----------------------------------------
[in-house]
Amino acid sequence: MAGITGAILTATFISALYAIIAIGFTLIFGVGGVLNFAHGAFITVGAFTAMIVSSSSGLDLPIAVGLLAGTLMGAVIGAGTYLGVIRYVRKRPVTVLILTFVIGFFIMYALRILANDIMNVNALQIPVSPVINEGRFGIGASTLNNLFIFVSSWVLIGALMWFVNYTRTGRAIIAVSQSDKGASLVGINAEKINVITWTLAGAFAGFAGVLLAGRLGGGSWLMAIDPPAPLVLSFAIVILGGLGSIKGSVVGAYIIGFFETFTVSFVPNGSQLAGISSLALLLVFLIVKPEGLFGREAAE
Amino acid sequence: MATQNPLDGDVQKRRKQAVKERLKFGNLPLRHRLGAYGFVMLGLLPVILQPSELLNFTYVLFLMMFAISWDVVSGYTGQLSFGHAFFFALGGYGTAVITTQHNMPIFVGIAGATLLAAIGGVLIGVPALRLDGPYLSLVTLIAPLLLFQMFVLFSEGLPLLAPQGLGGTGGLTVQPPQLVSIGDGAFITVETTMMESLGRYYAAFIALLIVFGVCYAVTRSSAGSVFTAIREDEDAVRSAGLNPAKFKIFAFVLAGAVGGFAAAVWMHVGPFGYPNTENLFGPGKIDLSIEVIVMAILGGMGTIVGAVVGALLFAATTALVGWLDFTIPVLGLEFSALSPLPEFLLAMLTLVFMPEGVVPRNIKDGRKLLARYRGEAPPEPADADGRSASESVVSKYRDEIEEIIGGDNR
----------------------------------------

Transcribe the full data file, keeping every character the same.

[in-house]
Amino acid sequence: MAGITGAILTATFISALYAIIAIGFTLIFGVGGVLNFAHGAFITVGAFTAMIVSSSSGLDLPIAVGLLAGTLMGAVIGAGTYLGVIRYVRKRPVTVLILTFVIGFFIMYALRILANDIMNVNALQIPVSPVINEGRFGIGASTLNNLFIFVSSWVLIGALMWFVNYTRTGRAIIAVSQSDKGASLVGINAEKINVITWTLAGAFAGFAGVLLAGRLGGGSWLMAIDPPAPLVLSFAIVILGGLGSIKGSVVGAYIIGFFETFTVSFVPNGSQLAGISSLALLLVFLIVKPEGLFGREAAE
Amino acid sequence: MATQNPLDGDVQKRRKQAVKERLKFGNLPLRHRLGAYGFVMLGLLPVILQPSELLNFTYVLFLMMFAISWDVVSGYTGQLSFGHAFFFALGGYGTAVITTQHNMPIFVGIAGATLLAAIGGVLIGVPALRLDGPYLSLVTLIAPLLLFQMFVLFSEGLPLLAPQGLGGTGGLTVQPPQLVSIGDGAFITVETTMMESLGRYYAAFIALLIVFGVCYAVTRSSAGSVFTAIREDEDAVRSAGLNPAKFKIFAFVLAGAVGGFAAAVWMHVGPFGYPNTENLFGPGKIDLSIEVIVMAILGGMGTIVGAVVGALLFAATTALVGWLDFTIPVLGLEFSALSPLPEFLLAMLTLVFMPEGVVPRNIKDGRKLLARYRGEAPPEPADADGRSASESVVSKYRDEIEEIIGGDNR